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How to treat and manage endometriosis from a naturopathic perspective

Written by Amy Parin | Monday, 1 March 2021


March is Endometriosis Awareness Month.

Because of this, I decided to explain how to best manage and treat endometriosis from a naturopathic perspective and shine a light on this female reproductive problem by giving some deeper insight on what one can practically do to relieve symptoms. With the right awareness and lifestyle modifications, endometriosis can be managed effectively.

What is endometriosis?

Let’s start with the basics. Endometriosis is a painful complication of the female reproductive system whereby the endometrial lining is growing in places other than the uterus where it is usually found. Usually, this lining would be shed during menstruation, however, when it is in other parts of the body it is not able to do so, and therefore can be very painful.

Who does it affect?

Endometriosis mainly affects women during their reproductive years and ceases at menopause.

Some key characteristics of women who experience endometriosis are chronic pelvic pain, subfertility, dysmenorrhea (heavy periods), premenstrual spotting, and dyspareunia.

How to manage and treat endometriosis

There are some main nutritional and dietary recommendations that one can take in order to manage and limit the occurrence of endometriosis.

These include:

  • Avoiding substances that increase estrogen accumulating in the body. These include foods like soy products and avoiding chemicals found in plastics and tampon usage. This helps to avoid increasing hormonal cascades
  • Increasing consumption of antioxidant-rich foods from sources such as fruits and vegetables. Foods high in antioxidants include goji berries, berries, dark leafy greens, cacao, and all brightly coloured foods
  • Managing and improving gut health, digestion, and enhancing the gut microbiome. This includes consuming probiotic-rich foods in the diet, eating plenty of fibre, and incorporating a variety of foods in your diet for maximum microbiome health and vitality which will ultimately improve digestion and mental wellbeing. Consider probiotic-rich foods such as kefir, yogurt, sauerkraut and fibre-rich foods like whole grains, fruits, and vegetables. Also, strive to consume a diet of at least 40 different foods per week to diversify your microbiome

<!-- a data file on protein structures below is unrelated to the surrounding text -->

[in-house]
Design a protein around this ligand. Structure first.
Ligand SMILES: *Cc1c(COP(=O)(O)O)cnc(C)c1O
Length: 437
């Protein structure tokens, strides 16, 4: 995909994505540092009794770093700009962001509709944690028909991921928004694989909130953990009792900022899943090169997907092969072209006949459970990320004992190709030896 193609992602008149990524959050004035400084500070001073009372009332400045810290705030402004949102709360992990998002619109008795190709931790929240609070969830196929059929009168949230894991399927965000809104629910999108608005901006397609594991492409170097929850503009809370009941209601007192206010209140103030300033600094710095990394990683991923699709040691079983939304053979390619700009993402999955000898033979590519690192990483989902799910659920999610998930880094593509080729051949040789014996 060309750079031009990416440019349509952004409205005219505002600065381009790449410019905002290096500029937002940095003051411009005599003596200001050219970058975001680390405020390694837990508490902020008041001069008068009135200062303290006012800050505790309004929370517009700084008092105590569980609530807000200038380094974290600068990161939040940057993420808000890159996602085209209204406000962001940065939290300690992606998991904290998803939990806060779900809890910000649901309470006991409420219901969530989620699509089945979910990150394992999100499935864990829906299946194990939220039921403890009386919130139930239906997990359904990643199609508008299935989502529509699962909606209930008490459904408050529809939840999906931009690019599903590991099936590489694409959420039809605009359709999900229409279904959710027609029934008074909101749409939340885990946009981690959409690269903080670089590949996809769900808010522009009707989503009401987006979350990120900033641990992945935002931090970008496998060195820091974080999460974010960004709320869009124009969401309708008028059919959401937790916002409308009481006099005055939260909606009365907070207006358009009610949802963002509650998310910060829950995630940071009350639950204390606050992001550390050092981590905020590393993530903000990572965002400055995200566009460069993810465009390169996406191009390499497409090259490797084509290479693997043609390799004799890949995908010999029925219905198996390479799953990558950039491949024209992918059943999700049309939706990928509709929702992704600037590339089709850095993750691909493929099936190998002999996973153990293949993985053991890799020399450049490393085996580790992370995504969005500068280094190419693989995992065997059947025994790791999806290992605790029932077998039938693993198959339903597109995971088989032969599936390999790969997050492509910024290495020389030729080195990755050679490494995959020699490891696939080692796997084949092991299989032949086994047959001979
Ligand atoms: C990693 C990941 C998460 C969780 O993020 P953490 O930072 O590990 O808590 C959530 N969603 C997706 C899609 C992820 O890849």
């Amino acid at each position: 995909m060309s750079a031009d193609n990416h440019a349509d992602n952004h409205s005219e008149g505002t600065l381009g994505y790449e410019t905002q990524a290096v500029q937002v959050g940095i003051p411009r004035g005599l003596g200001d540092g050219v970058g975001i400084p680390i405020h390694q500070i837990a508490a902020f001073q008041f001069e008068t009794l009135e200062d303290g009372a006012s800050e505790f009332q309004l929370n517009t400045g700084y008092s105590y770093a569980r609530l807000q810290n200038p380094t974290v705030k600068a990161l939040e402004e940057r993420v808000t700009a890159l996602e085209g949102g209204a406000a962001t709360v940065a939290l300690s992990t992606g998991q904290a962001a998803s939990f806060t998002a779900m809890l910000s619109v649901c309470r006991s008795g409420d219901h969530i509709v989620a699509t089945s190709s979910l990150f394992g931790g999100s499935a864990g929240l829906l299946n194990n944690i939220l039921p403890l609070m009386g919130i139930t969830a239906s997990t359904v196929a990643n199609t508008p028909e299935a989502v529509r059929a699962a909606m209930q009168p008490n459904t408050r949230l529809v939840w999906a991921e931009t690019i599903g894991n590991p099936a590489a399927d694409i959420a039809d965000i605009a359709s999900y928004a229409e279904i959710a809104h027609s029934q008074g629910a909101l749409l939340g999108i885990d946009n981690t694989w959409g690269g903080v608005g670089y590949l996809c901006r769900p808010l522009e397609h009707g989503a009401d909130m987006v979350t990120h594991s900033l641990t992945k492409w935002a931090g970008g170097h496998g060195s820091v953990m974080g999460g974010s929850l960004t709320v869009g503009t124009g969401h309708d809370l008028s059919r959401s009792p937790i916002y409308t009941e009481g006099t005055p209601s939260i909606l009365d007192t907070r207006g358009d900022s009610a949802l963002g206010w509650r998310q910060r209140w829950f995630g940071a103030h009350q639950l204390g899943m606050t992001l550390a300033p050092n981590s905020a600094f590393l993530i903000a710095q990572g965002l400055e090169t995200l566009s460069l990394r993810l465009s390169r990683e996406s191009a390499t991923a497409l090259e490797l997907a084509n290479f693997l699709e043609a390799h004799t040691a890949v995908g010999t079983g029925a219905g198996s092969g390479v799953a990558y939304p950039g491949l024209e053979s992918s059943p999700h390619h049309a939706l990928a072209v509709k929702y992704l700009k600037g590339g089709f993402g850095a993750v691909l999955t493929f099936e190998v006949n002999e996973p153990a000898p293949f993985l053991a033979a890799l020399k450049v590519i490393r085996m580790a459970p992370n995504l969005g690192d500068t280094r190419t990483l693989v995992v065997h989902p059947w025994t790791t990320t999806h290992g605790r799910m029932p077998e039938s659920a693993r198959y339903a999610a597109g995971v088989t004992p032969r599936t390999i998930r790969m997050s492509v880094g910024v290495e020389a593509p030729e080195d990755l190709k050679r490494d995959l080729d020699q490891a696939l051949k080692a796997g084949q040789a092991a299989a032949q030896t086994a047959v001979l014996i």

• Increasing your intake of immune-boosting foods. These include foods like ginger, onion, garlic, fresh herbs, medicinal mushrooms, and citrus
  • A reduction in the consumption of foods that weaken the immune system like caffeine, sugar, and refined carbohydrates
  • Decreasing the consumption of pro-inflammatory foods like saturated fats, oxidised fats, and trans fats and replace these with anti-inflammatory healthy fats like omega 3s high in EPA and DHA. Omega 3s to include into the diet could be salmon, chia seeds, walnuts, hemp seeds, SMASH fish varieties
  • Including cruciferous vegetables in one’s diet to help with liver detoxification and estrogen metabolism. Think broccoli, fennel, cabbage, and brussels sprouts

Sounds a little overwhelming, right? I bet you’re thinking – what can I be eating now instead? What should my meals consist of? Well, let me tell you a few examples

Breakfast ideas:

  • Chia seed pudding with coconut yogurt, berries, and walnuts
  • Poached eggs with avocado, sauerkraut, spinach, and tomato
  • Oats topped with almonds, apple and cinnamon

Lunch ideas:

  • Salmon patties with a side salad of mixed greens, onion, baked brussels sprouts, broccoli, and sweet potato.
  • Lentil dahl with steamed brassica vegetables like broccoli and cauliflower.
  • Wholemeal sandwich with organic chicken, carrots, avocado, cucumber, spinach, tomato and beetroot.

Dinner ideas:

  • Vegetable soup with broccoli, organic chicken and bone broth
  • Salmon with a Greek salad (lettuce, tomatoes, olives, olive oil, balsamic vinegar, cucumber) and baked sweet potato
  • Cauliflower curry with quinoa and coriander

Snack ideas:

  • Apples with peanut butter
  • Nut trail mix
  • Vegetables sticks with hummus
  • Seed crackers and white bean dip
  • Chia pudding

I truly hope that has given you some insight into how to manage endometriosis from the naturopathic perspective. It’s all about holistic practices that you do on a daily basis that will add up to big change and impact each and every day. Dietary changes can be made much easier if you decide to food prep and make it a priority to fuel and nourish yourself well. I always think it’s a great idea to make extra food at dinner and that way you always have a healthy lunch ready to go the next day!

If you know someone who is dealing with endometriosis perhaps share this resource with them. This information is so powerful and can truly make such a difference in women’s lives.

If you would like to learn more from me be sure to follow my Instagram account @amyjadewellness or check out my website where I am constantly sharing information on women’s health and wellbeing!

Amy Parin

Amy Jade Parin is a current student at Endeavour College studying a Bachelor of Health Science (Naturopathy). Amy is passionate about all things women’s health and wellbeing, from mental health, skin issues, gut health, menstrual cycles, hormones as well as managing stress and anxiety.

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